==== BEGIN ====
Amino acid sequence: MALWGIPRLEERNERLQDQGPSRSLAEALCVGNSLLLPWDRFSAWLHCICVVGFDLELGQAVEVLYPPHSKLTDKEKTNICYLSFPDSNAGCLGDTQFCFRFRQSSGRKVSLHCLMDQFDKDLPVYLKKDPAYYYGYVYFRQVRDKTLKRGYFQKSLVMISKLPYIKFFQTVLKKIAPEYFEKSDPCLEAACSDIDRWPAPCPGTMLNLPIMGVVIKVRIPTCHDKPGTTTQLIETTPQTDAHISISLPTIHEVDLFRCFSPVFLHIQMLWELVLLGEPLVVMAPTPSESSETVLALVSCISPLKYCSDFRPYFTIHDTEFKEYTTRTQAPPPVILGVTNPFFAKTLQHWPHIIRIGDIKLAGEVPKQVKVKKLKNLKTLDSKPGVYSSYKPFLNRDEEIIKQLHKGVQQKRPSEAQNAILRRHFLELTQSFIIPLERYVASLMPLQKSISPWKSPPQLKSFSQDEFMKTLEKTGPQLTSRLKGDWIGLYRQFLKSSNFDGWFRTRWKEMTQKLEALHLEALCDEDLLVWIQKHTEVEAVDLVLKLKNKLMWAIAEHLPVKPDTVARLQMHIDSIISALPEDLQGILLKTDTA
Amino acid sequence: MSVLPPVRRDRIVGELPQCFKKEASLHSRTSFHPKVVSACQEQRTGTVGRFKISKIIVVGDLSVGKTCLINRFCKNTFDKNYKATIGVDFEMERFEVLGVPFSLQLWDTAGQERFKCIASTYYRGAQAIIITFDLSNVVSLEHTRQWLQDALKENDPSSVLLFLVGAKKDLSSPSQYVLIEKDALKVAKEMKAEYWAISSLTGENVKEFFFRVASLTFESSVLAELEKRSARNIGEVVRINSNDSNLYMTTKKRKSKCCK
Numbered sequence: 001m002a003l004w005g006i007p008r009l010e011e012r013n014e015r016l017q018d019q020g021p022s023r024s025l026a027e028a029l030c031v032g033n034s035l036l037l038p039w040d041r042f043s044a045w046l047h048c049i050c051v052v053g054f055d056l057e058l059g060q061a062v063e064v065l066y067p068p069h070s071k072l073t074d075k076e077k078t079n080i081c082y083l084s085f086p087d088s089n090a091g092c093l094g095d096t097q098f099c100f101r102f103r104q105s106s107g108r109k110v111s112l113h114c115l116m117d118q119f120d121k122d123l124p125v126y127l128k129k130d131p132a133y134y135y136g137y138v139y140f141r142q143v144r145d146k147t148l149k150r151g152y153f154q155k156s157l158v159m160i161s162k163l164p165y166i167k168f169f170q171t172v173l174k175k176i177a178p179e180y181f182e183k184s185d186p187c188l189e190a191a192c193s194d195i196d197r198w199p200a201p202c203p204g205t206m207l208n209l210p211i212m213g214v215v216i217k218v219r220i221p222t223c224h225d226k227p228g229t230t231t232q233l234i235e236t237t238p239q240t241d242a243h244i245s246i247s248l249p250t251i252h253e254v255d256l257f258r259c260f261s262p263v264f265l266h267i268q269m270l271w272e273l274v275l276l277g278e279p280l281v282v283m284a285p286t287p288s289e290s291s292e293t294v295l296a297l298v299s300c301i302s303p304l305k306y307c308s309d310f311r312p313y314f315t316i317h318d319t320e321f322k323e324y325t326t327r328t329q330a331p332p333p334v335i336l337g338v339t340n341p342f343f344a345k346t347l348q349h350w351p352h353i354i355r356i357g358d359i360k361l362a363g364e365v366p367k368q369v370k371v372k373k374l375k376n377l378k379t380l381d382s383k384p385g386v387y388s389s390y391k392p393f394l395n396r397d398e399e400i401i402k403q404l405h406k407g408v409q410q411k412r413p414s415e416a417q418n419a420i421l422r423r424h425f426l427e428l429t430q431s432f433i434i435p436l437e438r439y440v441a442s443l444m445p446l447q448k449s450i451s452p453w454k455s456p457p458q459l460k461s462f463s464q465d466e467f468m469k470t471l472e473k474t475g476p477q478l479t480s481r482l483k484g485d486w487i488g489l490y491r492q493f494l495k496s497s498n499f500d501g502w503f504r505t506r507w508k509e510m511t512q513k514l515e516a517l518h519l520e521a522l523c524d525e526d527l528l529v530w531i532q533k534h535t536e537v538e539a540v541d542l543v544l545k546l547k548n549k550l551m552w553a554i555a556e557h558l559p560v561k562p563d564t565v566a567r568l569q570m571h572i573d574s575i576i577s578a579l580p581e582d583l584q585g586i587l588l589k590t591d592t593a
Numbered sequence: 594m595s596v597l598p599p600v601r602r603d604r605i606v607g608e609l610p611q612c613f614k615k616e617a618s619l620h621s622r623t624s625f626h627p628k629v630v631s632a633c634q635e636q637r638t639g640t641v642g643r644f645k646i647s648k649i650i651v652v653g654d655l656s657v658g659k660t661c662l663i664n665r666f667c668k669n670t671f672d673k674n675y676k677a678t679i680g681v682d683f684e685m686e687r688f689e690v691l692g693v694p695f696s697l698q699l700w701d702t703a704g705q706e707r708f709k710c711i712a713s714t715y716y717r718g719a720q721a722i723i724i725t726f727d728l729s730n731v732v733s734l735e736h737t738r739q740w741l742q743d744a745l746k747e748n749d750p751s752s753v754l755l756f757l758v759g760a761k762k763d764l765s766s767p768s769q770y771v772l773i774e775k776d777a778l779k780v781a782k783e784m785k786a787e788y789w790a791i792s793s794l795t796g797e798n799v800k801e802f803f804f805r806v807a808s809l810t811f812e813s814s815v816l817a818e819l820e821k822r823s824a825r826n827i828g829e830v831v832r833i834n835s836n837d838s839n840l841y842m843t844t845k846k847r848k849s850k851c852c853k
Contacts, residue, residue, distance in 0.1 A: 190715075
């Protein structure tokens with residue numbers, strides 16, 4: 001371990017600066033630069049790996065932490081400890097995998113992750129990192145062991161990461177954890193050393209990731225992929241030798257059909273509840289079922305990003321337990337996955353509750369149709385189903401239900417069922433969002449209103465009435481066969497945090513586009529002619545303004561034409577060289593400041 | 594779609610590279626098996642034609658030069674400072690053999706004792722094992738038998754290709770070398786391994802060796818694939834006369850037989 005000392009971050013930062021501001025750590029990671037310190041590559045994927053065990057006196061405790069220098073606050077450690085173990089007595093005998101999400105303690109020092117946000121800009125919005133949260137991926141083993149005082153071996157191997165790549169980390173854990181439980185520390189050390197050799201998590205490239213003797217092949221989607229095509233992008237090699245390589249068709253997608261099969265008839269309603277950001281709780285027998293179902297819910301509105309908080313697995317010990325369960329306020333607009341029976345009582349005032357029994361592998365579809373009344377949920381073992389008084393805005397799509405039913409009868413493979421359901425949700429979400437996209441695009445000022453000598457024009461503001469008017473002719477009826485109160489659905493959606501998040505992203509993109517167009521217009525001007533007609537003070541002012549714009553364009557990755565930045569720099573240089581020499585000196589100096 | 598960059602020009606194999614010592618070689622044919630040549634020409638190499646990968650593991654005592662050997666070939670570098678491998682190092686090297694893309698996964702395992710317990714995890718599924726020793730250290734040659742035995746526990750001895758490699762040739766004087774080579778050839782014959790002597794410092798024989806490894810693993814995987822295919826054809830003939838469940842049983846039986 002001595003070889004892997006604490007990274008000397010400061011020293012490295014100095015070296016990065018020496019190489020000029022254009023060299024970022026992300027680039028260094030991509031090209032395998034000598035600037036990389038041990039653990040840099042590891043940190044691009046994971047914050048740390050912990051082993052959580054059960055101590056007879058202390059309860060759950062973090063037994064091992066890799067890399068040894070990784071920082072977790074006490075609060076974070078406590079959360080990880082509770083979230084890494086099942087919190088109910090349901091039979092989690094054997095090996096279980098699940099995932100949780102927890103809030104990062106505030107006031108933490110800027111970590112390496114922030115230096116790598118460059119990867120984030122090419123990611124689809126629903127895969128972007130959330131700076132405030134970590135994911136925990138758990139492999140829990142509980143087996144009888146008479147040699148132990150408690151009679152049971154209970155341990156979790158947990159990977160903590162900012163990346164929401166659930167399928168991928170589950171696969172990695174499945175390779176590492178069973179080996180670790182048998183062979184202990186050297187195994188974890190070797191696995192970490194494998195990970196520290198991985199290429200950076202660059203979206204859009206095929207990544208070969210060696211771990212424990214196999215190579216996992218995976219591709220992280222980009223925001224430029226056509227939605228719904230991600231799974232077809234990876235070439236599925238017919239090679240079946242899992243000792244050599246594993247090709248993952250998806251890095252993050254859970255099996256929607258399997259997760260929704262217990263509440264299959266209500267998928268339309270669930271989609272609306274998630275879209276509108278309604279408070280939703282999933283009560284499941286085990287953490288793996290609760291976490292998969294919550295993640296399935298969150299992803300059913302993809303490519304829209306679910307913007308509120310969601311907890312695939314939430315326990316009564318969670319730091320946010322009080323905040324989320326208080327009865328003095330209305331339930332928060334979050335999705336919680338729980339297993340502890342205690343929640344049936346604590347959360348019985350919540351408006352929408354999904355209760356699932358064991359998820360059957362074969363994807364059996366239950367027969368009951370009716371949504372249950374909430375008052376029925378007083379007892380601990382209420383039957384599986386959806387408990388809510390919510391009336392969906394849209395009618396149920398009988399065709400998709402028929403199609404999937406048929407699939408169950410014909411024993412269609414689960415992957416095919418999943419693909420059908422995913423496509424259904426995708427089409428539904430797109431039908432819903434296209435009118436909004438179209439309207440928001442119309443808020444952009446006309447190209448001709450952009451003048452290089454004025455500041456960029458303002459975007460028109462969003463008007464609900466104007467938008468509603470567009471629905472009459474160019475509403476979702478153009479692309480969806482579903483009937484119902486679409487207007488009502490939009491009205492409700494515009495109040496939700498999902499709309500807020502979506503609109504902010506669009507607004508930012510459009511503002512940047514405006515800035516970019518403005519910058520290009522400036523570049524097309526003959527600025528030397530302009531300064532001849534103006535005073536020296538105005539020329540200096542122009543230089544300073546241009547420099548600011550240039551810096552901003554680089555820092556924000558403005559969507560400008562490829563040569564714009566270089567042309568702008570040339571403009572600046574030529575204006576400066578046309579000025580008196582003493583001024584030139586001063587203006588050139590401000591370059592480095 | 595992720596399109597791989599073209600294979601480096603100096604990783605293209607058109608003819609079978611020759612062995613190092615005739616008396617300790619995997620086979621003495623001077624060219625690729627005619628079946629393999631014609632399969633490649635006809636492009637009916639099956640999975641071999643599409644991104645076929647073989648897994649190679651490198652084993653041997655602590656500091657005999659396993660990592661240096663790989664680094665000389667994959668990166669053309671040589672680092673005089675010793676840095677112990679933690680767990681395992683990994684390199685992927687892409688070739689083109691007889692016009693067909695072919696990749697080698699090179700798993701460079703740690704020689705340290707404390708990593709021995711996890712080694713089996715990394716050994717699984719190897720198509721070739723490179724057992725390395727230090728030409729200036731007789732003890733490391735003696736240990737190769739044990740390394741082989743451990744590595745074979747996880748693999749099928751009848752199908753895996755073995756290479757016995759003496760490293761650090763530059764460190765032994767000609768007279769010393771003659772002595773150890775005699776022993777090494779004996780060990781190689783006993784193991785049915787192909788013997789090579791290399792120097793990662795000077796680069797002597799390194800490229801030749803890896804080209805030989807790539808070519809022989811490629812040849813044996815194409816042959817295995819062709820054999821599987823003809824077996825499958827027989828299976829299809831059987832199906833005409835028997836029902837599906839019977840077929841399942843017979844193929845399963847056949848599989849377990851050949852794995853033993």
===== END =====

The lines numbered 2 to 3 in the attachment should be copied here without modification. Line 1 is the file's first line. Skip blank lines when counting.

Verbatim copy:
Amino acid sequence: MSVLPPVRRDRIVGELPQCFKKEASLHSRTSFHPKVVSACQEQRTGTVGRFKISKIIVVGDLSVGKTCLINRFCKNTFDKNYKATIGVDFEMERFEVLGVPFSLQLWDTAGQERFKCIASTYYRGAQAIIITFDLSNVVSLEHTRQWLQDALKENDPSSVLLFLVGAKKDLSSPSQYVLIEKDALKVAKEMKAEYWAISSLTGENVKEFFFRVASLTFESSVLAELEKRSARNIGEVVRINSNDSNLYMTTKKRKSKCCK
Numbered sequence: 001m002a003l004w005g006i007p008r009l010e011e012r013n014e015r016l017q018d019q020g021p022s023r024s025l026a027e028a029l030c031v032g033n034s035l036l037l038p039w040d041r042f043s044a045w046l047h048c049i050c051v052v053g054f055d056l057e058l059g060q061a062v063e064v065l066y067p068p069h070s071k072l073t074d075k076e077k078t079n080i081c082y083l084s085f086p087d088s089n090a091g092c093l094g095d096t097q098f099c100f101r102f103r104q105s106s107g108r109k110v111s112l113h114c115l116m117d118q119f120d121k122d123l124p125v126y127l128k129k130d131p132a133y134y135y136g137y138v139y140f141r142q143v144r145d146k147t148l149k150r151g152y153f154q155k156s157l158v159m160i161s162k163l164p165y166i167k168f169f170q171t172v173l174k175k176i177a178p179e180y181f182e183k184s185d186p187c188l189e190a191a192c193s194d195i196d197r198w199p200a201p202c203p204g205t206m207l208n209l210p211i212m213g214v215v216i217k218v219r220i221p222t223c224h225d226k227p228g229t230t231t232q233l234i235e236t237t238p239q240t241d242a243h244i245s246i247s248l249p250t251i252h253e254v255d256l257f258r259c260f261s262p263v264f265l266h267i268q269m270l271w272e273l274v275l276l277g278e279p280l281v282v283m284a285p286t287p288s289e290s291s292e293t294v295l296a297l298v299s300c301i302s303p304l305k306y307c308s309d310f311r312p313y314f315t316i317h318d319t320e321f322k323e324y325t326t327r328t329q330a331p332p333p334v335i336l337g338v339t340n341p342f343f344a345k346t347l348q349h350w351p352h353i354i355r356i357g358d359i360k361l362a363g364e365v366p367k368q369v370k371v372k373k374l375k376n377l378k379t380l381d382s383k384p385g386v387y388s389s390y391k392p393f394l395n396r397d398e399e400i401i402k403q404l405h406k407g408v409q410q411k412r413p414s415e416a417q418n419a420i421l422r423r424h425f426l427e428l429t430q431s432f433i434i435p436l437e438r439y440v441a442s443l444m445p446l447q448k449s450i451s452p453w454k455s456p457p458q459l460k461s462f463s464q465d466e467f468m469k470t471l472e473k474t475g476p477q478l479t480s481r482l483k484g485d486w487i488g489l490y491r492q493f494l495k496s497s498n499f500d501g502w503f504r505t506r507w508k509e510m511t512q513k514l515e516a517l518h519l520e521a522l523c524d525e526d527l528l529v530w531i532q533k534h535t536e537v538e539a540v541d542l543v544l545k546l547k548n549k550l551m552w553a554i555a556e557h558l559p560v561k562p563d564t565v566a567r568l569q570m571h572i573d574s575i576i577s578a579l580p581e582d583l584q585g586i587l588l589k590t591d592t593a